News

Ageing in the 21st century: A Celebration and a Challenge

1 October 2012
Rapidly and surely the world is getting older. In 2000, for the first time in history, there were more people over age 60 than children below age 5. The number and proportion of older persons is growing faster than any other age group, and will surpass 1 billion people in less the 10 years.

Ageing is now occurring fastest in the developing world, which has limited resources and plans to deal with this unprecedented demographic trend. The older generation — which includes caregivers, voters, teachers, volunteers, entrepreneurs, leaders, and more – represents a growing reservoir of talent and experience that can be tapped to reap a ‘longevity dividend’.

This new report calls for new approaches to dealing with healthcare, workforce and retirement issues, living arrangements and intergenerational relations. This will help countries to harness the potential benefits and minimize the disruption that ageing will bring.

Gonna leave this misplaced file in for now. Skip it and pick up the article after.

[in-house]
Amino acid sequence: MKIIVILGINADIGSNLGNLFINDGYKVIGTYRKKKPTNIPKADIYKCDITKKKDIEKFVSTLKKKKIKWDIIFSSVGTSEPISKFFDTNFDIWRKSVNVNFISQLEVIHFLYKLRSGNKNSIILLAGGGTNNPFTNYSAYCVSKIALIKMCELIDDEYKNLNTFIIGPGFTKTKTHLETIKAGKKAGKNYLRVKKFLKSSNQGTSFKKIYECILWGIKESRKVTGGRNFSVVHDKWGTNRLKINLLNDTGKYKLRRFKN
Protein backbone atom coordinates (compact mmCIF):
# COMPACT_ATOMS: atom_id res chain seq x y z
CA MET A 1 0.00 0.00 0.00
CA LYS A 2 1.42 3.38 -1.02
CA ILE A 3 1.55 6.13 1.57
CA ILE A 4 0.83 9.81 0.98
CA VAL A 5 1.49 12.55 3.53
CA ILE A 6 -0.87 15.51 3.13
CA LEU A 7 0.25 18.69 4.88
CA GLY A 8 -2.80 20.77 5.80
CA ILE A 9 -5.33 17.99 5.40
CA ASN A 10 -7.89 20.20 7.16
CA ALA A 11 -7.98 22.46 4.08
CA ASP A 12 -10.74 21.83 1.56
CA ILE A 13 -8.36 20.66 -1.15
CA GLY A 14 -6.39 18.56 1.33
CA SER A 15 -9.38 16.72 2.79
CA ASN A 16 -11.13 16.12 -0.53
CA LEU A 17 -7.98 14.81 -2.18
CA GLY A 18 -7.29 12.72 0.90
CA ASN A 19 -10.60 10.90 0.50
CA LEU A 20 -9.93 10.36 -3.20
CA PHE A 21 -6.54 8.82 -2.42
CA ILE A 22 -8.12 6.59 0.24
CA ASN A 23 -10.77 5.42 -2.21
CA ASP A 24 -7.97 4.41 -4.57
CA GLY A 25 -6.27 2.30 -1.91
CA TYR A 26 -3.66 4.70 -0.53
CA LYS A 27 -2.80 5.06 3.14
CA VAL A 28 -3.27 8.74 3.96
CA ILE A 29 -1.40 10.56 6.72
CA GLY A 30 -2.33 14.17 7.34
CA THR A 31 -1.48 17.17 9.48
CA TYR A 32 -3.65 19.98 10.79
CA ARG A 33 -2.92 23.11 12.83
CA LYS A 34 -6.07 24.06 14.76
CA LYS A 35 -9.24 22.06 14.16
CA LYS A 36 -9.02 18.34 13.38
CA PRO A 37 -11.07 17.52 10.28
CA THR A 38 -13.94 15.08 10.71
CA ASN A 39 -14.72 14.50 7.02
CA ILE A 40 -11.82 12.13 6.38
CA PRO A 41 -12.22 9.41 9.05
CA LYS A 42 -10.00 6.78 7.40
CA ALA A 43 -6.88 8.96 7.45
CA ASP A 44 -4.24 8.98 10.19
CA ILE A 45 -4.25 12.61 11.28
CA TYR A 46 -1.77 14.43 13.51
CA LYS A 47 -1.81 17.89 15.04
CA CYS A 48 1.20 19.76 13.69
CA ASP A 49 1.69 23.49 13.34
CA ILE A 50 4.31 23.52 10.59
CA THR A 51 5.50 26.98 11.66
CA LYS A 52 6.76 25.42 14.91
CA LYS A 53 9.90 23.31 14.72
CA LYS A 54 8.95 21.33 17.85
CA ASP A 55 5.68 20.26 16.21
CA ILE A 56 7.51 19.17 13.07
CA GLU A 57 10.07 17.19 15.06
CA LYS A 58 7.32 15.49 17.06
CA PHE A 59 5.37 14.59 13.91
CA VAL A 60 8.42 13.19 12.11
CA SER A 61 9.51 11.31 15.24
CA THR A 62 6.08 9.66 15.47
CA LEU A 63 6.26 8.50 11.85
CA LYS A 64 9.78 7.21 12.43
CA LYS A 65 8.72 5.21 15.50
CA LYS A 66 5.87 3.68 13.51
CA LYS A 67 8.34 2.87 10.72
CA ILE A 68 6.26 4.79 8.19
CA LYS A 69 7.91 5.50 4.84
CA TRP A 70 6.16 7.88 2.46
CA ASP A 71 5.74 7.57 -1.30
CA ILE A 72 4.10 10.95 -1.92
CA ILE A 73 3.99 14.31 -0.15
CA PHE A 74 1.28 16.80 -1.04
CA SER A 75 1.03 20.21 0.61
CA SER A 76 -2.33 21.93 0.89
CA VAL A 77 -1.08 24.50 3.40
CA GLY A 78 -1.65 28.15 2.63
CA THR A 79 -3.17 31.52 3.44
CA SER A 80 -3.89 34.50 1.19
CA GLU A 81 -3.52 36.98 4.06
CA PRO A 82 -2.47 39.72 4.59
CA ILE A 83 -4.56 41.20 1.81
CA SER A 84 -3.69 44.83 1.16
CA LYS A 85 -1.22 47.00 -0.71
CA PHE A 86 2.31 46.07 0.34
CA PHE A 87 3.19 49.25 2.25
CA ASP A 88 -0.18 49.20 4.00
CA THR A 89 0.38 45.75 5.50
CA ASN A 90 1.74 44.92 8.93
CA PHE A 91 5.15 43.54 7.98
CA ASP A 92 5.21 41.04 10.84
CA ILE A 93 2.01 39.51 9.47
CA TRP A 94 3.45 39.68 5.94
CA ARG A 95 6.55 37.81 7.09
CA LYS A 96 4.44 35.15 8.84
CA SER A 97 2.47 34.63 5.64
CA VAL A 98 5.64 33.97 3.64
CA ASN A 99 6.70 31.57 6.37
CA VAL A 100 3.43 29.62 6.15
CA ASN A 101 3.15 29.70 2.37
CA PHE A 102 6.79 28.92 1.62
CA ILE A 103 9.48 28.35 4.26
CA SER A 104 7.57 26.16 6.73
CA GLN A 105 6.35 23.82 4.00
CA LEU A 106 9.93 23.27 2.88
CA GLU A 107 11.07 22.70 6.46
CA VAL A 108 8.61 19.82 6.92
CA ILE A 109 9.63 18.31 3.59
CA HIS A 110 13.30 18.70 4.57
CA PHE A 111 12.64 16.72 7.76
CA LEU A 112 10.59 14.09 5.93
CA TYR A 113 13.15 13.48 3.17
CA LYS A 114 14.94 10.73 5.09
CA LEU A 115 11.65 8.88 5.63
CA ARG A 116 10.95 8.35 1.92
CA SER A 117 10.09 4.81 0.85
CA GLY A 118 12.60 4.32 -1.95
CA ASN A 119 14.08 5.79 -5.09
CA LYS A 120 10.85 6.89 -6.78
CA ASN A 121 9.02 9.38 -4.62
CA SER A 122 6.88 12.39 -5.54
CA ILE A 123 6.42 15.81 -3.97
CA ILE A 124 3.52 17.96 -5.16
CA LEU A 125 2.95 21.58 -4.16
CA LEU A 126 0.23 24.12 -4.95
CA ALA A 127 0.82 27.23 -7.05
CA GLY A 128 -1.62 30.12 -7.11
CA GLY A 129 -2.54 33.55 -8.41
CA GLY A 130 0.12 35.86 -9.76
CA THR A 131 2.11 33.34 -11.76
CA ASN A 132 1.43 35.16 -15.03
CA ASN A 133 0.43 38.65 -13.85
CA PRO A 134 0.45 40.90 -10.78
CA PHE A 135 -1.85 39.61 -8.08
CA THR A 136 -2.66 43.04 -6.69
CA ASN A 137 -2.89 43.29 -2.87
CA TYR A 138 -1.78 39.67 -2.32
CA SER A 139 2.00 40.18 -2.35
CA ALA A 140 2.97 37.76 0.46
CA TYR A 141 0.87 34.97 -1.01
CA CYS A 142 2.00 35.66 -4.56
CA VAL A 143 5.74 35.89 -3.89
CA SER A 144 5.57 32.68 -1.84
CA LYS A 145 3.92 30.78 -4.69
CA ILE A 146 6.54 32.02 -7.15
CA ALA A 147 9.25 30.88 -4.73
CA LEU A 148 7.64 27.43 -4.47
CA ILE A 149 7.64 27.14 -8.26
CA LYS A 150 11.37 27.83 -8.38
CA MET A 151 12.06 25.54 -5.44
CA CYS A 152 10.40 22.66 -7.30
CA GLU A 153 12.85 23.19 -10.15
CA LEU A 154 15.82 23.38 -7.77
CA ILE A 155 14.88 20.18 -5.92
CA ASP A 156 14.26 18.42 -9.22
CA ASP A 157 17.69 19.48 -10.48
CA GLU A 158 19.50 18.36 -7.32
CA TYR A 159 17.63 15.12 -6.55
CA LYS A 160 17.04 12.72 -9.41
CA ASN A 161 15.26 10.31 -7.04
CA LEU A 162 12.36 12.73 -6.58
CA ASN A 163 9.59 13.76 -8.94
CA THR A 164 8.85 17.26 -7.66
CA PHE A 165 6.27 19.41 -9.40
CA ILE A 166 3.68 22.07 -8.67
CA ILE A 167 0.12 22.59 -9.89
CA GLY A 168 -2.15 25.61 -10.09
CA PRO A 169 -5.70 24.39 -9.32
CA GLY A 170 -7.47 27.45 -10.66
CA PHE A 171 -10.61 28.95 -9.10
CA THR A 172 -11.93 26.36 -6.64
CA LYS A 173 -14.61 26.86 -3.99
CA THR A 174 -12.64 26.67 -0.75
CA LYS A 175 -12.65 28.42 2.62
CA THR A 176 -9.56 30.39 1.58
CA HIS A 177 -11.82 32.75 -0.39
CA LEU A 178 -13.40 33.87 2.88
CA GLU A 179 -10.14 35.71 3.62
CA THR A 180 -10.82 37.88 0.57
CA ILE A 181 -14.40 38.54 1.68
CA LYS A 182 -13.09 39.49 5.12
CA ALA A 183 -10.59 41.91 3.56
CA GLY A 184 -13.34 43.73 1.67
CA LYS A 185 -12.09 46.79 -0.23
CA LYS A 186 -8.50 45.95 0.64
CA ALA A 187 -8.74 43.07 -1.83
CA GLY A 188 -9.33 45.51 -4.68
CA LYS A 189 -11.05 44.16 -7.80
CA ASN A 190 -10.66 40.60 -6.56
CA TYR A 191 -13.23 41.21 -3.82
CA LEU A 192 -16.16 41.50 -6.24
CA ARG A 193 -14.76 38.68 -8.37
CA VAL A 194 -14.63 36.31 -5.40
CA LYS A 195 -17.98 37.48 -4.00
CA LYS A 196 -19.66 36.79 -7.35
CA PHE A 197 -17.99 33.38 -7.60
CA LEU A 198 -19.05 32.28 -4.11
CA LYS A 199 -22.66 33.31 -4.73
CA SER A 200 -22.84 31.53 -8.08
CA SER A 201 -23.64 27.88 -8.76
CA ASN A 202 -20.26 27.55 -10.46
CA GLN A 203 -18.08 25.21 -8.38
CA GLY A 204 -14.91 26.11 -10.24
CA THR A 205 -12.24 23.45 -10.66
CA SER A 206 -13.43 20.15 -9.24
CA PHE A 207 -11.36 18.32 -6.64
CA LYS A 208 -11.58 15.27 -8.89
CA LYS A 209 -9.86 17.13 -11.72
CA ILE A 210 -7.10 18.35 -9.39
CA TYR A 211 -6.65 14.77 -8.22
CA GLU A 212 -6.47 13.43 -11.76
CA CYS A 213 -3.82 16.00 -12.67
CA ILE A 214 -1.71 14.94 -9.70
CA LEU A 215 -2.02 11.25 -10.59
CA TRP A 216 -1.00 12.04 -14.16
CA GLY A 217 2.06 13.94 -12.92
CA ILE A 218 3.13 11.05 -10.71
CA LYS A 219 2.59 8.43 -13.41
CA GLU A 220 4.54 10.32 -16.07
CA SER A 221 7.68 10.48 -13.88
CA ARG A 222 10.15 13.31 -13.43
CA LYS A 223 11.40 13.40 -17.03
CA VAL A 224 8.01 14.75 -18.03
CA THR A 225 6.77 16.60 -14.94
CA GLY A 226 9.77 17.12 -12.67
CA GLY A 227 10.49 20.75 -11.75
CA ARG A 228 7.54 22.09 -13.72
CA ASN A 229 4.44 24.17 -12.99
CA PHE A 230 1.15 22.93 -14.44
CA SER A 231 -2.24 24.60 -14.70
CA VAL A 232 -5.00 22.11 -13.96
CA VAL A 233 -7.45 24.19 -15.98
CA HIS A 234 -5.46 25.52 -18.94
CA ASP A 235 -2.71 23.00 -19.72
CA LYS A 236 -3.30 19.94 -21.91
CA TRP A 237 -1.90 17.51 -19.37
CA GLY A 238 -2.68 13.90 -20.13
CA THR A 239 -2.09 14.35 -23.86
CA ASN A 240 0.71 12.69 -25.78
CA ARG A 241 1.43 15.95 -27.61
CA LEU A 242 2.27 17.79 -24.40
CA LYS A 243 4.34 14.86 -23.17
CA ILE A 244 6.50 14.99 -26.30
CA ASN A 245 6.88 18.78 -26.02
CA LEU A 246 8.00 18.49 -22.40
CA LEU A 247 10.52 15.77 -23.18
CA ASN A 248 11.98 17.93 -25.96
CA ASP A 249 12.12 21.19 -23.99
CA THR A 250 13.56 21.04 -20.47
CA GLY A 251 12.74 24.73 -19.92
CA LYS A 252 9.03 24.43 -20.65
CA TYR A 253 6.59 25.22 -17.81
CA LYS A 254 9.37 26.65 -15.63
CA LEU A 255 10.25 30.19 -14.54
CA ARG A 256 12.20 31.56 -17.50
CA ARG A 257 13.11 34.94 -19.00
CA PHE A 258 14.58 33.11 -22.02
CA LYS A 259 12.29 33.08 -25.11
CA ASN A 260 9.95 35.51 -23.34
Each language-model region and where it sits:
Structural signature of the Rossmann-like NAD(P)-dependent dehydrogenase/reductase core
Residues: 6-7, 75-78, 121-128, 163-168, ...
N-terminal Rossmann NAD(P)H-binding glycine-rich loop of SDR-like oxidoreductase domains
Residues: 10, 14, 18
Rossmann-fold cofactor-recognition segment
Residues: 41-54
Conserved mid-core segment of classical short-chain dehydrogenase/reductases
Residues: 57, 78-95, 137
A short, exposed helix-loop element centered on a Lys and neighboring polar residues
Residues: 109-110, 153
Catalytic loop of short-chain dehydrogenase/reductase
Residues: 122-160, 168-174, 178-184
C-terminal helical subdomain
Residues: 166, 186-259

Report Ageing in the Twenty-first Century: A Celebration and a Challenge is available here.

You can also nominate an inspiring older person for the 60 over 60 list.

Perceptions of the world’s ‘age burden’ are outdated. Older people can be athletes, statesmen, innovators, entrepreneurs, caregivers, activists. They can teach, inspire, influence, lead, innovate and create. As longevity increases and health improves, older people can contribute more to society than ever before. Click  here to read more.

 

 

 

 

 

You can also nominate an inspiring older person for the 60 over 60 list.

Perceptions of the world’s ‘age burden’ are outdated. Older people can be athletes, statesmen, innovators, entrepreneurs, caregivers, activists. They can teach, inspire, influence, lead, innovate and create. As longevity increases and health improves, older people can contribute more to society than ever before. Click  here to read more.

Below  find  short video slideshow on Ageing in the 21st century